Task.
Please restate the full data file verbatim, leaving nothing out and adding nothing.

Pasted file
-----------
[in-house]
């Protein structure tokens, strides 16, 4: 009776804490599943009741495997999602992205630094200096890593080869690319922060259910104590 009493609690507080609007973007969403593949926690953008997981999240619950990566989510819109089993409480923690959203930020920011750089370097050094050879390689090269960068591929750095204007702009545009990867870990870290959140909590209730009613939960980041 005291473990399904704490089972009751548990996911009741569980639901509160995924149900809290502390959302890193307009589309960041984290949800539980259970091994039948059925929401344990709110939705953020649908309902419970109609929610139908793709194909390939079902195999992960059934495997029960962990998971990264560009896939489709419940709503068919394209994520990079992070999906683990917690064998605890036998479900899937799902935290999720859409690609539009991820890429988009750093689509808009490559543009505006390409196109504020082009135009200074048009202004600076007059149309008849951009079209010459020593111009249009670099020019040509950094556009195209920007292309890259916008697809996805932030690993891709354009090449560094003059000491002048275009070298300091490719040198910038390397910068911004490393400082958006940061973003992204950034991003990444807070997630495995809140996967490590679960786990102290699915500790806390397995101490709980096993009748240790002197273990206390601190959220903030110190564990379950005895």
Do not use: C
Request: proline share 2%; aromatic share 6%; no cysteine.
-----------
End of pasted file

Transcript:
[in-house]
């Protein structure tokens, strides 16, 4: 009776804490599943009741495997999602992205630094200096890593080869690319922060259910104590 009493609690507080609007973007969403593949926690953008997981999240619950990566989510819109089993409480923690959203930020920011750089370097050094050879390689090269960068591929750095204007702009545009990867870990870290959140909590209730009613939960980041 005291473990399904704490089972009751548990996911009741569980639901509160995924149900809290502390959302890193307009589309960041984290949800539980259970091994039948059925929401344990709110939705953020649908309902419970109609929610139908793709194909390939079902195999992960059934495997029960962990998971990264560009896939489709419940709503068919394209994520990079992070999906683990917690064998605890036998479900899937799902935290999720859409690609539009991820890429988009750093689509808009490559543009505006390409196109504020082009135009200074048009202004600076007059149309008849951009079209010459020593111009249009670099020019040509950094556009195209920007292309890259916008697809996805932030690993891709354009090449560094003059000491002048275009070298300091490719040198910038390397910068911004490393400082958006940061973003992204950034991003990444807070997630495995809140996967490590679960786990102290699915500790806390397995101490709980096993009748240790002197273990206390601190959220903030110190564990379950005895």
Do not use: C
Request: proline share 2%; aromatic share 6%; no cysteine.